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Wednesday, January 30, 2013
To Ask and To Listen-A Lost Art?
Listening and acknowledging  are founding principles in coaching.
I hear what you say and it is understandable that you feel like that.
All of us want to be heard, and to feel that our thoughts have some merit.
I have lived in Washington DC for over 22 years.
I have mentored for over 22 years.
While, as a coach,  I can listen and validate
while, having lived in Washington, I can have a spirited debate and/or discussion about anything
without getting irate, irrational, or enraged,
this is not often the case when others initiate conversation with me 
on the assumption that I am completely aligned with their point of view.
I have been hung up on,
I have been stormed away from, 
I have been told--we can't be friends if you feel like that! 
I have been called dumb and just plain wrong,
I have been waved silent with--Let's just stop talking-
all because I asked a probing question or offered an alternate view,

The reason I bring this up is not to complain.
The reason I bring this up is because we are raising our kids 
without listening or communication skills.
I do not care so much about my peers.
I do care that many of our young people have no idea how to listen to someone else's point of view.
Furthermore, they have little ability to intelligently argue their own.

If curriculum were in my hands, 
I would make Debate mandatory.
Debate would do away with the --position by sound bite--approach,
the notion that opinion is truth
and the assumption that emotion equals reasoning.
Debate would require research,
referencing examples,
coming prepared to counter in a clear, reasoned, objective way,

Our youth may have passion but they possess a much smaller arsenal of facts.
They could benefit from more documented information and less interpretation of it, 
greater insight and perspective, and less immediate judgement and conclusion.
But most importantly, 
they truly need to recognize the difference between Opinion and Fact.
It is dangerous when the line blurs,
and our greater society starts to interpret opinion as fact.
So back to basics.
Let's teach our kids how to Ask and how to Listen.
Who? What? Why? When? Where? How?
If our youth can calmly ask these questions
and then listen respectfully to the answers 
if our youth can be asked these questions
and intelligently answer them,
we will be growing better thinkers who will become better writers,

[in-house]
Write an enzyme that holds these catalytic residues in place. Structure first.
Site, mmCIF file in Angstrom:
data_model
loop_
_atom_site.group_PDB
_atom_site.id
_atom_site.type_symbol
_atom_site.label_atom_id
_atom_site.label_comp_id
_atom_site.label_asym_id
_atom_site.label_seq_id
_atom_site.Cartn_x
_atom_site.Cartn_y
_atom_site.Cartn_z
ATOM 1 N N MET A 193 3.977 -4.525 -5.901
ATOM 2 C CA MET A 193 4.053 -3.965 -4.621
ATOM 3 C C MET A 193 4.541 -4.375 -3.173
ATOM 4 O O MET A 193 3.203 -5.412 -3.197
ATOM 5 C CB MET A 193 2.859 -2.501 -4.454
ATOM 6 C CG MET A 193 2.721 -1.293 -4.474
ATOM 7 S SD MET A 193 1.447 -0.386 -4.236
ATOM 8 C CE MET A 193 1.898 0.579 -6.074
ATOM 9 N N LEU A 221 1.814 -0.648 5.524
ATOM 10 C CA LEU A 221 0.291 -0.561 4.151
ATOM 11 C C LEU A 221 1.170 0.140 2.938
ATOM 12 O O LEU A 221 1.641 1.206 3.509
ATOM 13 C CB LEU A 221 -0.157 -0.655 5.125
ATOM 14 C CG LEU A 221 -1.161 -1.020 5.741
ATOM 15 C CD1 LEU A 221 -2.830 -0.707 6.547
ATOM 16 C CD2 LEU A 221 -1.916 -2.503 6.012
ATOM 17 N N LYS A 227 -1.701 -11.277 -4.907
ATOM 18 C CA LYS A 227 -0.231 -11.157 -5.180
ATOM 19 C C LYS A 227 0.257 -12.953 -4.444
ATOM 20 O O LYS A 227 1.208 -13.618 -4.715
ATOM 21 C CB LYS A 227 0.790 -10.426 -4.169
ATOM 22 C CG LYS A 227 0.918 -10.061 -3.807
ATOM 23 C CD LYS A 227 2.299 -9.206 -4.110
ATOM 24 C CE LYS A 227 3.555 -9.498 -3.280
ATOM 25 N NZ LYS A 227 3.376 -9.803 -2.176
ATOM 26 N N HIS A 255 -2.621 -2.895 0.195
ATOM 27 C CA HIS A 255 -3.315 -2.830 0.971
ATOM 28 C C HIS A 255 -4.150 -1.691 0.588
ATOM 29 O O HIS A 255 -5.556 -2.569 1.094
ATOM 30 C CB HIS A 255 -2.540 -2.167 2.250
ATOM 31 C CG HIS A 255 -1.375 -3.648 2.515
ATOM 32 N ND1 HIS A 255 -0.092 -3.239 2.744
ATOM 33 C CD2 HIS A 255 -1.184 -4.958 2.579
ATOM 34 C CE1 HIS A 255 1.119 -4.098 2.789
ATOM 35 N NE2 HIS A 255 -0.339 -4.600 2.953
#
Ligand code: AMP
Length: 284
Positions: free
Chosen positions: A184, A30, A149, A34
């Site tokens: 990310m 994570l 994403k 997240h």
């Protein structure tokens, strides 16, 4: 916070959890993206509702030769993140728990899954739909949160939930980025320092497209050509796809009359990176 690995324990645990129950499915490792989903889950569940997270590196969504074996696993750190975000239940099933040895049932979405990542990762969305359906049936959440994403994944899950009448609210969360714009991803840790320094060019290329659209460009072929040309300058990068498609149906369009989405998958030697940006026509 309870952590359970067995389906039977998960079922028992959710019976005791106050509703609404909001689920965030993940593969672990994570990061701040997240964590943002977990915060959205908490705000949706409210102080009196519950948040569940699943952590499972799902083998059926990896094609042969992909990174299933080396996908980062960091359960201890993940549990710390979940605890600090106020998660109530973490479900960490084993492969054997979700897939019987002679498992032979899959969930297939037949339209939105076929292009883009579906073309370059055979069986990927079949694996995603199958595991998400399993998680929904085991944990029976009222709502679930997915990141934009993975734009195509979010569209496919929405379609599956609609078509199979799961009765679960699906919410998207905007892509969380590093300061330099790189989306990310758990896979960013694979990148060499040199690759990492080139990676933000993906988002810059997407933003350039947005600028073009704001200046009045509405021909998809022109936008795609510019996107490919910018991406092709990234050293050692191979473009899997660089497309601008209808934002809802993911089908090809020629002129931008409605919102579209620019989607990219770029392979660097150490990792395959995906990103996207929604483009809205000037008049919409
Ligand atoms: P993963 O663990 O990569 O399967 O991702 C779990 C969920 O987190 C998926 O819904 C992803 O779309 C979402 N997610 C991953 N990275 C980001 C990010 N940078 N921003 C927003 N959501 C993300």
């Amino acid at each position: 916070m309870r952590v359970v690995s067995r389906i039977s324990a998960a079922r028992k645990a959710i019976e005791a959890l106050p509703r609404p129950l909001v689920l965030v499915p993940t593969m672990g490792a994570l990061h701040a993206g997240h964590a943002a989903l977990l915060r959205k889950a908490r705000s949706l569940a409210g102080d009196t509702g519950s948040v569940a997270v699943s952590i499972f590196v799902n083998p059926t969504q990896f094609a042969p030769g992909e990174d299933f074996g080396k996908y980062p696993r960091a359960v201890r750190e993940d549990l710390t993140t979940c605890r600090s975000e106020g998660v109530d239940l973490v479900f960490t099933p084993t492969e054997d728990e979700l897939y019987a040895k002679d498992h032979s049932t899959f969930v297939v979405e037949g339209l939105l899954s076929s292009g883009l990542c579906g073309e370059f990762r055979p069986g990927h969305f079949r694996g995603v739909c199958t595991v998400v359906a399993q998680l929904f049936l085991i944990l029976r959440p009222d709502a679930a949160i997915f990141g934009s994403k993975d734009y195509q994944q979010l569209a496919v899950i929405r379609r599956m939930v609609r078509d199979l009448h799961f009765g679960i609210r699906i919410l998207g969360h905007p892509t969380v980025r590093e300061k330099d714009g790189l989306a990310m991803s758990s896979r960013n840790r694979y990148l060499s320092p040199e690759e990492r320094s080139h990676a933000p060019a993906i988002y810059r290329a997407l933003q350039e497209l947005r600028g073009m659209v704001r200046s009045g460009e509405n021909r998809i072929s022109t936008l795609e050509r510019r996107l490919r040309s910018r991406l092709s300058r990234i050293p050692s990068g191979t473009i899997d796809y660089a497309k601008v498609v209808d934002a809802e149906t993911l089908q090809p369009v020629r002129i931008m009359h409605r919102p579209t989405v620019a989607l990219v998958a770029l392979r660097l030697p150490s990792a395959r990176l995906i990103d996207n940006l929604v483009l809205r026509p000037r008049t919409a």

greater communicators who will become better leaders.
And maybe, just maybe the art of exchanging ideas will have a better day.


Special-Thursday September 30 2010


The Death of Rutgers University FreshmanTyler Clementi


Where Was the Humor? Where was the Heart?
Humor? Why would two educated Rutgers freshmen think it was ok to videotape a roommate in a sexual encounter, and then show it to others?  Did they think it would be entertaining? Scintillatingly funny? And that others would enjoy it!

Heart? Why would seemingly well balanced freshmen think it all right to invade someone else’s intimate privacy and then have complete lack of empathy for what that person might feel after such embarrassing public exposure?

Something went terribly wrong here.  And the reality is, a Human Being is dead. Note, I say, Human Being-not student, not promising musician, not an 18 year old with his whole life ahead if him.
A Human Being.
And unless we go back to basics, we will see more Human Beings fall victim to desensitization, depersonalization. And Humanity as a whole will fall prey.

I have met many parents and seen over and over again such relief when their children are doing well academically. They are proud and their relief often turns into a more laissez faire attitude towards their children's social behavior. They stop paying close attention to character development and start giving lots of behavioral passes –after all, things can’t be too bad if the grades are good. These parents seem to think there is a direct link between those A’s, Honor Roll and being well adjusted and emotionally mature. Nothing could be further from the truth.

We need first and foremost to raise a Humane Being.
And a Being needs a great deal of nurturing and guiding before it becomes Humane.
This is what my book (H20 to Go! Growing Emotional Resilience and Navigating Through Childhood with Heart, Humor & Optimism) is all about. (See box below)
In it, I make crystally clear that Heart comes first because it encompasses a great deal more than Love.

Heart brings forth Empathy.
Empathy will bring forth Respect.
Respect brings forth Ethics.
And Ethics will bring forth Principles. 
Under this theory, those two students would never have done what they did.


The grades, the schools and the colleges are all secondary. A child will make his or her own way quite well if emotionally resilient and optimistic. But our children will only become humane if they are empathetic, ethical and principled.

I am sick at heart for Tyler Clementi and his family.
I am also sick at heart for his roommate and his ‘so-called’ friends and their families. They will have to live with this action forever--too high a consequence for not putting Heart and all it encompasses before all else.

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